Rating: 4.5 out of 5 stars
Source: Review Copy from Authors
TYPE OF AUSTENESQUE NOVEL: Pride and Prejudice Variation
TIME FRAME: Begins with the Netherfield Ball and fixates on the day Darcy proposes at Hunsford Parsonage
MAIN CHARACTERS: Mr. Darcy, Elizabeth Bennet, Colonel Fitzwilliam, Anne de Bourgh, Lady Catherine, and Charlotte Collins
SYNOPSIS: Darcy finds himself in a ‘Groundhog Day’ type scenario. Every morning he wakes up to relive the same day again. But the worst of it is, the day he relives is the most terrible day of his life, the day of his ill-fated proposal to Elizabeth Bennet. Not knowing why or how this strange time warp keeps happening Darcy strives to find a method to escape this purgatory! What does he need to do to make this day stop repeating?!?
WHAT I LOVED:
- An Enchanting and Engaging Premise: What a brilliant idea to place Mr. Darcy in this position! He has just experienced the most humiliating and painful day of his life, and now he has a chance to do that day over again. What does he change? What does he learn? The how and why this is happening are not revealed to the reader, so we experienced all the mystery and wondering right along with Mr. Darcy. I loved being in the dark and I thought the leisurely unfolding of Darcy’s dilemma masterfully executed.
- Darcy’s Relationships: In this story we spend a lot of time with Mr. Darcy and in his head. And while he doesn’t spend as much time with Elizabeth as you might expect, this variation explores the other major relationships in his life. I especially enjoyed Darcy’s relationships with Colonel Fitzwilliam, Anne de Bourgh, and Lady Catherine (I know, I’m surprised I just wrote that!). Through the course of this predicament, we witness Darcy reflect on and analyze each of these relationships and how his behavior and actions affect the people his life.
- Poetic and Philosophic Prose: The writing is so seamless you really wouldn’t guess that there are two authors for this book! But one of the things I loved most about this story was the articulate and pondering language used throughout this story. The tone is a beautiful blend of lyrical eloquence and reflective contemplation. Subtle yet strong.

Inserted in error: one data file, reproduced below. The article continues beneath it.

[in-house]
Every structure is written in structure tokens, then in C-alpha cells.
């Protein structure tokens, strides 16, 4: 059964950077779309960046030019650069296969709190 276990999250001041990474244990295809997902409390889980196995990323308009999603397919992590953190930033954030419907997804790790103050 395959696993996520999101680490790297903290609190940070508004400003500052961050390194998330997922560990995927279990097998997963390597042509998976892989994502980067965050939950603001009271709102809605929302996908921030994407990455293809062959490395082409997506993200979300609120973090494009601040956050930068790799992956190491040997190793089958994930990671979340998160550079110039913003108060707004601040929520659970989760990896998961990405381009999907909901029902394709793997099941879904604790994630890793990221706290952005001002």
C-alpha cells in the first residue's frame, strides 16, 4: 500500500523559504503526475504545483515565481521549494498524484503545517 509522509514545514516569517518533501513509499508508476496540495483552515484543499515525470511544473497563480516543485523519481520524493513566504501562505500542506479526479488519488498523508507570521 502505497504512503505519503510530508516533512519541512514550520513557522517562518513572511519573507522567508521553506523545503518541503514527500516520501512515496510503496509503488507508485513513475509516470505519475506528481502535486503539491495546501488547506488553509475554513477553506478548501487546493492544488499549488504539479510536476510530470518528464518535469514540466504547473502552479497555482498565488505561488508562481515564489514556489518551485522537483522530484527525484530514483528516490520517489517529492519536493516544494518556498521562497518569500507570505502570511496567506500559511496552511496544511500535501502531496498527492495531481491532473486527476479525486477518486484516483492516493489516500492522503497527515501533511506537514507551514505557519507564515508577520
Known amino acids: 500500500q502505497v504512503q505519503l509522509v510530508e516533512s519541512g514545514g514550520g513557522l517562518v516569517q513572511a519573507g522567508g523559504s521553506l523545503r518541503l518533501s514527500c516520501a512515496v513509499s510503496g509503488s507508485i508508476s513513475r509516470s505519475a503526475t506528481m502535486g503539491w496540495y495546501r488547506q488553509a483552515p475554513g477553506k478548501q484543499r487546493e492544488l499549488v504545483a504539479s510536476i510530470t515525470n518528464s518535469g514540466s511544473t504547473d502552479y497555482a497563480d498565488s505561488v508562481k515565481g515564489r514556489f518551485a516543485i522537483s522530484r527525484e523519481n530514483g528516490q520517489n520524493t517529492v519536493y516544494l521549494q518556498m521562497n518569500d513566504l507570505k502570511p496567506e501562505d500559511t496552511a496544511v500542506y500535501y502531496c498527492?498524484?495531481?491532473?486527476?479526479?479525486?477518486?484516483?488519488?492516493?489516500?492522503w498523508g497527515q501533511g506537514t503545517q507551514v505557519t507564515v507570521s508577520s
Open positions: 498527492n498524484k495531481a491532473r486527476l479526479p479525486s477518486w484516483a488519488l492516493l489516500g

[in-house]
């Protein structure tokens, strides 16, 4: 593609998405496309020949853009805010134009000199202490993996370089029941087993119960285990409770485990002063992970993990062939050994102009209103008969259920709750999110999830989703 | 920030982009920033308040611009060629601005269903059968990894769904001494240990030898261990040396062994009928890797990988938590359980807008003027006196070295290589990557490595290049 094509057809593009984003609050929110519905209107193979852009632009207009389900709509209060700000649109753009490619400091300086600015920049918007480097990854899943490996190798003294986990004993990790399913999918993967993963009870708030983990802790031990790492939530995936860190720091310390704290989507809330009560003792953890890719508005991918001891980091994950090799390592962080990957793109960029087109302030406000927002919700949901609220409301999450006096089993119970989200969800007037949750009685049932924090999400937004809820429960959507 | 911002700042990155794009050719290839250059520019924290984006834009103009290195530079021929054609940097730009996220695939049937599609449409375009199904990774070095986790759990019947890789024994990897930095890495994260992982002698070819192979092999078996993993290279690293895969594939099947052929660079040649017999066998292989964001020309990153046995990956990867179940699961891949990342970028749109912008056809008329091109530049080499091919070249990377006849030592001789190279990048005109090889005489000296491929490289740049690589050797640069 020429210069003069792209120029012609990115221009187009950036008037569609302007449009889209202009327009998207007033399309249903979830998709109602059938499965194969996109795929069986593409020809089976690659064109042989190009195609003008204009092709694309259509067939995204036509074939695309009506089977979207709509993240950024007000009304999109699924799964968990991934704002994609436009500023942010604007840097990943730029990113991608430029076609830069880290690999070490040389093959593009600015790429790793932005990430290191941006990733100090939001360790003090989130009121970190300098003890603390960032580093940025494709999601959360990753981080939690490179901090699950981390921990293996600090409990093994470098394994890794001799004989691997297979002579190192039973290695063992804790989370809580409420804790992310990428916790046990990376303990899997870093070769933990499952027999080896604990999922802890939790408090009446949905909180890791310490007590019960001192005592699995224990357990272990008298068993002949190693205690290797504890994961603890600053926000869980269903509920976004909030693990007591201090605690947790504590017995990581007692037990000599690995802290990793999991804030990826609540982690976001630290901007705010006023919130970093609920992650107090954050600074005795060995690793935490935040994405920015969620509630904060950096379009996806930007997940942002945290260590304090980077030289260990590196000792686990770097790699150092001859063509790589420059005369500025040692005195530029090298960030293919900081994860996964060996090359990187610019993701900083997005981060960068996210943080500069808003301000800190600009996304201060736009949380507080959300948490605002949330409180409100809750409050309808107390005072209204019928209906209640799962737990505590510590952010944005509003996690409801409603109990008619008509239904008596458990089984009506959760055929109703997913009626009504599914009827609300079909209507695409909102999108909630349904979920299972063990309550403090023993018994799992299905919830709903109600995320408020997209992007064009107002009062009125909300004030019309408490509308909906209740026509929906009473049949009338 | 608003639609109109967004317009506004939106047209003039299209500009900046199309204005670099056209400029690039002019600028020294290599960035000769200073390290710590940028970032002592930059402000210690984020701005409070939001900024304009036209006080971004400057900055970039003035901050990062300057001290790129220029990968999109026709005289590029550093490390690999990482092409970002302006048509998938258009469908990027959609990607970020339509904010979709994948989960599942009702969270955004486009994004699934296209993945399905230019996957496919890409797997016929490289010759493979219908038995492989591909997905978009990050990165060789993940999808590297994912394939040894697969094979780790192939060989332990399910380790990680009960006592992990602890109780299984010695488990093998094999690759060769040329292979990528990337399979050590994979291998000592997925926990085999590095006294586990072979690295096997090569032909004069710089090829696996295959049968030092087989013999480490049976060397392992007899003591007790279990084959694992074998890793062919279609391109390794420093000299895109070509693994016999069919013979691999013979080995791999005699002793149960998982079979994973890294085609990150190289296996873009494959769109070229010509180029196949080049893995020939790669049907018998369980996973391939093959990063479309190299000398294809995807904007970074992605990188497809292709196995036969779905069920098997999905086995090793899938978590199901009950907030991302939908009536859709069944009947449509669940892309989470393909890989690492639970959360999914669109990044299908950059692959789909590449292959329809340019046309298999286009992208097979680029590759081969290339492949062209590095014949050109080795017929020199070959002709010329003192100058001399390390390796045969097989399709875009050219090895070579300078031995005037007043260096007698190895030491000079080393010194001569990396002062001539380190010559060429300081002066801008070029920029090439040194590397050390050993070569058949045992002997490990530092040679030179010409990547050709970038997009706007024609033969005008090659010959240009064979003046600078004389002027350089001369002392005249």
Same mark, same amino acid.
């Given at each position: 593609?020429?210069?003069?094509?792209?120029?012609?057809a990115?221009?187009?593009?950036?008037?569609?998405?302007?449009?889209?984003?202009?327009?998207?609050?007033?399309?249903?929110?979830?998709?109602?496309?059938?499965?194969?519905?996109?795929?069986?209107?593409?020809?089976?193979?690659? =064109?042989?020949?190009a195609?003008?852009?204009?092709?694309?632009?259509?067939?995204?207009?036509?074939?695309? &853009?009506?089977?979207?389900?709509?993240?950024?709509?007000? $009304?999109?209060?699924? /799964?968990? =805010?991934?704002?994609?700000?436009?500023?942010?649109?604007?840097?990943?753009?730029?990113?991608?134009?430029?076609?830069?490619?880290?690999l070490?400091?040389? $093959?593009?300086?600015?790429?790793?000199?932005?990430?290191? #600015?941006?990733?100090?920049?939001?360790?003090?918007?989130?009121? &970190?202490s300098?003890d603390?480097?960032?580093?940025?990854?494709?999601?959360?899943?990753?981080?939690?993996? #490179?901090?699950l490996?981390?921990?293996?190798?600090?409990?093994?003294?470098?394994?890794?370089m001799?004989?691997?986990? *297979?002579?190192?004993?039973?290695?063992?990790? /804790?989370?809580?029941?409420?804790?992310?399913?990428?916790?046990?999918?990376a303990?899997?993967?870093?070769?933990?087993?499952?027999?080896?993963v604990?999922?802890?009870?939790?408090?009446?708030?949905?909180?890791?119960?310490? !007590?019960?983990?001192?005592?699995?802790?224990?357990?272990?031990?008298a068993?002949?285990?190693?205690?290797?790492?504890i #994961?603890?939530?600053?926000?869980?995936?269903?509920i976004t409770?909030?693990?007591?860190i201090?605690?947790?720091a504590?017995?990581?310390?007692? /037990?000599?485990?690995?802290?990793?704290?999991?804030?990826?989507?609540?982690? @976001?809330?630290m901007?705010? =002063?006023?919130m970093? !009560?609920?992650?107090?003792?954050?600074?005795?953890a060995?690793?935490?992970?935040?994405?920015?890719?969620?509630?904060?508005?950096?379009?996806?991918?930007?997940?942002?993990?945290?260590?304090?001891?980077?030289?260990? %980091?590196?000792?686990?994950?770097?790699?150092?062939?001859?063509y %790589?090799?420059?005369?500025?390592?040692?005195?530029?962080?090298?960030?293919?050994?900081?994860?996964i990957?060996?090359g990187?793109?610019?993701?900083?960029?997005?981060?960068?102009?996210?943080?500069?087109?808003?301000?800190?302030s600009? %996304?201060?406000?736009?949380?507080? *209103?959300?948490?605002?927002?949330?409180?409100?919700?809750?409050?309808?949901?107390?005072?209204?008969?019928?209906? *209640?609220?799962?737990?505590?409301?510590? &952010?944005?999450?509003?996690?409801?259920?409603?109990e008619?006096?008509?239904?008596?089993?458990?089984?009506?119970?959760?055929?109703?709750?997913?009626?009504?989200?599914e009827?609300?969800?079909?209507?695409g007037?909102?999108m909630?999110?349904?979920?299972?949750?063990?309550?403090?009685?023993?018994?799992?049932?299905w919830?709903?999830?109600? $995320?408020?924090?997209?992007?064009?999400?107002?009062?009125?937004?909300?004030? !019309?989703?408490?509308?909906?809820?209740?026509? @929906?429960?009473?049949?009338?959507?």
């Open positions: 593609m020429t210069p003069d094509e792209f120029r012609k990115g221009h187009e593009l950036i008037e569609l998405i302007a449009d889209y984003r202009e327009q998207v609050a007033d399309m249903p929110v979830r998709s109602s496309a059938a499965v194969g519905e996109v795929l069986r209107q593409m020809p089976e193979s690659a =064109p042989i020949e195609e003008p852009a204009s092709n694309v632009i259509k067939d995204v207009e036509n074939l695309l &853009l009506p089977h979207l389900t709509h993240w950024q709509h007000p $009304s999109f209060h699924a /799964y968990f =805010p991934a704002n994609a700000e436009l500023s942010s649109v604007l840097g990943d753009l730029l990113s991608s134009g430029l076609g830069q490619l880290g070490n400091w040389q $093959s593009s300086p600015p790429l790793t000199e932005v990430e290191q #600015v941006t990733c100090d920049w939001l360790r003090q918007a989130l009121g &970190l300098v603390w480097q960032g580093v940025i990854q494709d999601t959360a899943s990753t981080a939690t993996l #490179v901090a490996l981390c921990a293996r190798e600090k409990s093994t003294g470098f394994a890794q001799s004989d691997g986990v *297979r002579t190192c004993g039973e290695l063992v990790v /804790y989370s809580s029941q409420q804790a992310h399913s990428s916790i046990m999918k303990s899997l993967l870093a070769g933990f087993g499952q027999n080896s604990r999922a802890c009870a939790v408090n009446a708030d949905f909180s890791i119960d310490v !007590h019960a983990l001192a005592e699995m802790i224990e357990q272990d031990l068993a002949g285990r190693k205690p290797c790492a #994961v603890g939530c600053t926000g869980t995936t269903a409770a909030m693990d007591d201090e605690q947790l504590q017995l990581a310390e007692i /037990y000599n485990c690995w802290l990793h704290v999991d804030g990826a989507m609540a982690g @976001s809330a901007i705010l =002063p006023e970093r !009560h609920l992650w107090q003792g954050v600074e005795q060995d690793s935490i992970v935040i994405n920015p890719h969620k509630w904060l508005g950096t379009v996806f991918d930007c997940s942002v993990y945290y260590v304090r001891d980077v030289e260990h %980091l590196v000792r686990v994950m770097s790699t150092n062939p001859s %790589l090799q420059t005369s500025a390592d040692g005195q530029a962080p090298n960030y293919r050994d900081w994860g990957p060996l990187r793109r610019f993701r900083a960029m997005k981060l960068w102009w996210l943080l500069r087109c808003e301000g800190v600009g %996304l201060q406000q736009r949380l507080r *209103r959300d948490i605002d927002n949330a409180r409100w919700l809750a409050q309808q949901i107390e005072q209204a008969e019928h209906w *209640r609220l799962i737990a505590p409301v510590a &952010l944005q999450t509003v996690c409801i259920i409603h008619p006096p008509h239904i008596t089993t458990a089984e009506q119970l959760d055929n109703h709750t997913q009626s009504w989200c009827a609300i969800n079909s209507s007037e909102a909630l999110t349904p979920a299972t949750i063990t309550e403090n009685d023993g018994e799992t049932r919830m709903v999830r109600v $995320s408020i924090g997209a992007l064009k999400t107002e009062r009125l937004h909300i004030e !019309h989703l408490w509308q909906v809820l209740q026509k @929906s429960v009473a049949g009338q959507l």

- Little Details: I loved all the small tangible details of Darcy’s day that the authors made a special point of featuring. Everything from the carefully chosen song Darcy hears a maid singing to Anne’s reaction to Colonel Fitzwilliam’s kind greeting. Although, I felt real bad for Darcy that the day he had to relive was a Sunday on which Mr. Collins gave a lengthy and tedious sermon. Ugh! to listen to that each day is punishment indeed!
WHAT I WASN’T TOO FOND OF:
- The Beginning and Ending: While both beautifully and skillfully written, I sort’ve found the beginning and ending a little disjointed in this story. The lengthier exposition, while lovely, didn’t really feel necessary since most readers are probably familiar with the plot of P&P. Waiting until Chapter 5 to get to the crux of the premise may feel a little long to some. And while I thought the epilogue poignant and achingly romantic, it did tinge the story’s conclusion with sadness and felt a little abrupt a change.
In this thoughtful and playful collaboration authors Beau North and Brooke West put Mr. Darcy through one of the most tortuous situations I’ve seen any Austenesque authors dare to do! Introspective, clever, and well-crafted this Pride and Prejudice is sure to delight fans who love witnessing Darcy become a better man!
**Are you subscribed via email to AR but haven’t received any email updates lately?
I’m afraid that’s because I’ve switched email subscription services and couldn’t transfer over any wordpress.com followers. If you’d like to stay subscribed to AR you can resubscribe using email (just fill out one of the subscription boxes on my blog!) I’m so sorry for any inconvenience!**